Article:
Where can you go with a liberal arts degree? What options are out there for Lawrence graduates? The Career Corner tells the stories of some almni who have found answers to these questions and proves that, yes, there is a job out there for you.Jonathan Bauer, class of 1983, went about building his career systematically, which is fitting. Bauer is, after all, a Lead IT Partner for Southwestern Bell Communications at Deloitte Consulting in Chicago, and he works with computer systems.
Bauer began planning ahead even as he studied at Lawrence, majoring in economics with an interdisciplinary minor in computer science. He went on to take introductory training courses in accounting and systems for four months through Continental Bank in Chicago. After completing this program, he worked for four years at Continental Bank, working with system applications for international banking.
Bauer then got a job with Computer Partners in Chicago, a technology consulting company that was later bought by another company. Six years later, Bauer began working at Deloitte Consulting (soon to be Braxton), which he describes as a “global” company.
Bauer used a generic cellular phone company (or any type of company) to describe what he and Deloitte do. They design and implement computer programs that, in the case of a cellular phone company, tabulate the number of minutes used by a customer, pull up that customer’s name and address, and print the bill, among other functions. The consulting industry is, however, facing difficulties in the current economic climate.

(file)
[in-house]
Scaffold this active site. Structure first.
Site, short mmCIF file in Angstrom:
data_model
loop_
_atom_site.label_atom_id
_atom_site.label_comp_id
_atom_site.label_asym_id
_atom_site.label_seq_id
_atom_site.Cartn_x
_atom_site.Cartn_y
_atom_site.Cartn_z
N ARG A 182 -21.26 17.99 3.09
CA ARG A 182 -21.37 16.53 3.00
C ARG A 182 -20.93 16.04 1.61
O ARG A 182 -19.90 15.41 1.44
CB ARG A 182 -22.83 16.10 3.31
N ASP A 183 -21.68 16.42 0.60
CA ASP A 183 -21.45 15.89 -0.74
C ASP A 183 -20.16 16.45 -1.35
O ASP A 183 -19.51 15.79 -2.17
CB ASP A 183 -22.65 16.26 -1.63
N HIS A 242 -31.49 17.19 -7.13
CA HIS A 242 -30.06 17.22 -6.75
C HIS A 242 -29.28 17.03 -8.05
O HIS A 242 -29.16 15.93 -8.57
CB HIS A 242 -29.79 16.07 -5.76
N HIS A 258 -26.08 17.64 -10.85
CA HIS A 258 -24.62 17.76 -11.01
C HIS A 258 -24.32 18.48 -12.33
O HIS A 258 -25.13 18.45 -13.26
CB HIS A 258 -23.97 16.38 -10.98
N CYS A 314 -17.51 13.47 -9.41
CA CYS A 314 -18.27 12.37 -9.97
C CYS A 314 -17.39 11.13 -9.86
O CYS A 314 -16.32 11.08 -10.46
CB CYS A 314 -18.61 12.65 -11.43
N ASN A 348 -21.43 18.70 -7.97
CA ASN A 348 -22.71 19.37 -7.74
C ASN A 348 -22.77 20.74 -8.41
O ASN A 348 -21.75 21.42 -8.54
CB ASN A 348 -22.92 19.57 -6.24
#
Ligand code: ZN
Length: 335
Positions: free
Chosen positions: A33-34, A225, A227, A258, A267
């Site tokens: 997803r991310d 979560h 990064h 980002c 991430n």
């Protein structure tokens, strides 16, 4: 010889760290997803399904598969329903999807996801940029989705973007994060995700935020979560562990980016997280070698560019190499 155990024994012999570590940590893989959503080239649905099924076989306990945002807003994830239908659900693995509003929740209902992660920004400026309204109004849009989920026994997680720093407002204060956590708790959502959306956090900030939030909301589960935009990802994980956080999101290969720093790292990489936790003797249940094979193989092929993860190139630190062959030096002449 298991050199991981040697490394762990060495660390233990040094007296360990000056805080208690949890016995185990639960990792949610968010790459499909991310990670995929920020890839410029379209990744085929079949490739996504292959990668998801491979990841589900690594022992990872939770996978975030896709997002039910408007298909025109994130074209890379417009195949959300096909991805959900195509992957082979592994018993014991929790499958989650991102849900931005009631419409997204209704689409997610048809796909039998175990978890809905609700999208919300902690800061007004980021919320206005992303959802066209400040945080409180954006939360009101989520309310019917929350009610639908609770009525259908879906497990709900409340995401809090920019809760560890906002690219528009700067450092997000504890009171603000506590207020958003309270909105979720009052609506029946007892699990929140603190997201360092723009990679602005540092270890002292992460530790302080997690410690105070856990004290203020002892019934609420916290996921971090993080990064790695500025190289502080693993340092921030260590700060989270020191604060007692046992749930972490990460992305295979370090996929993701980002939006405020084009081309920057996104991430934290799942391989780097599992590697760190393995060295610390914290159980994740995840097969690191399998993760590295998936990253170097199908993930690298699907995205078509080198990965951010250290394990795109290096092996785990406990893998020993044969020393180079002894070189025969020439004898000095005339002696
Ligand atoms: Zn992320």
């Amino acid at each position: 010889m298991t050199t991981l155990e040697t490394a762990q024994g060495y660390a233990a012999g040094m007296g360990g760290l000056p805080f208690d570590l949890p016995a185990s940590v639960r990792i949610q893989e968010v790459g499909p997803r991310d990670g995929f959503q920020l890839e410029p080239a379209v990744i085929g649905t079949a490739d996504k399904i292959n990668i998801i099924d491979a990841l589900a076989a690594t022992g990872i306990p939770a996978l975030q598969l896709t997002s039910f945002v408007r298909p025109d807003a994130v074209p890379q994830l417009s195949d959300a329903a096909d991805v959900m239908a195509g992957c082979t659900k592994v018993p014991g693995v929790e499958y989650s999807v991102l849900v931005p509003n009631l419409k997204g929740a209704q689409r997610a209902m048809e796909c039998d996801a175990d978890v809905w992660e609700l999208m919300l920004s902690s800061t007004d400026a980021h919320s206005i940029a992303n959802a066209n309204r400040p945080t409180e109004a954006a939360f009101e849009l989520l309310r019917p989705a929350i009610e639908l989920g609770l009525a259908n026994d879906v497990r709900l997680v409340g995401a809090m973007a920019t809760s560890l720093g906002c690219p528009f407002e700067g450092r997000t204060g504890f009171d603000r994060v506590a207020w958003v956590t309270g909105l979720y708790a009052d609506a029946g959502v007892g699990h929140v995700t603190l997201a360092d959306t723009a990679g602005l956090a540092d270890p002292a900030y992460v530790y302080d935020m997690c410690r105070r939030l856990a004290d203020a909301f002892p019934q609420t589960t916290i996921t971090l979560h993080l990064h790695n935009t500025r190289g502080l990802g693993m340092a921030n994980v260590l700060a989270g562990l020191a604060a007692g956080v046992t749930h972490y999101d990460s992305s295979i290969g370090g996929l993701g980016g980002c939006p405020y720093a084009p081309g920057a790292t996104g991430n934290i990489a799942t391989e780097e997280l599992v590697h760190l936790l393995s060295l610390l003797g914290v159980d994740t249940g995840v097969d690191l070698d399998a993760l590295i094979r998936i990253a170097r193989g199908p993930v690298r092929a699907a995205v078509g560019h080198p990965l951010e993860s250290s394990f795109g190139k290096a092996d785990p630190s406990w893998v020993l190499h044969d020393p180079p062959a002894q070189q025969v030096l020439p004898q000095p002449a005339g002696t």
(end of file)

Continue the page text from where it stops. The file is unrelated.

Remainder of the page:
“The businesses are willing to spend less,” Bauer said. “No one wants to spend one million today to save two million] in two years.” He added, “The behavior of our competitors has become much more aggressive.”
Bauer also stressed that Deloitte is faring better than its competitors, and that consulting is still a worthwhile field.
For those students interested in a similar career, Bauer outlined a “typical” career path. First, three or four years will probably be spent doing a combination of design and systems program and systems implementation.
Later, the consultant will begin work on more advanced problems and may manage one or two other people. Gradually, the number of people under a consultant grows, and the consultant will start to “directly interact with the client.”
After 12 or 13 years, the consultant will begin to attend boardroom meetings, meet executives from large companies, and deal with bigger projects from a strategic angle. Finally, the consultant will move into the ranks of Partner.
As a Partner, Bauer has “project teams with four different clients” working under him. Bauer also points out that as their manager he is ultimately responsible for their success or failure.
“My success is really in the hands of the 100-200 people that are working on my projects, and I am not there day-to-day to watch it,” Bauer said.
For Lawrence students wanting to go into the consulting field, Bauer emphasizes that it’s important to stay true to the liberal arts philosophy, which he says does not contradict a professional career.
He advises students to start “by simply thinking about life after Lawrence.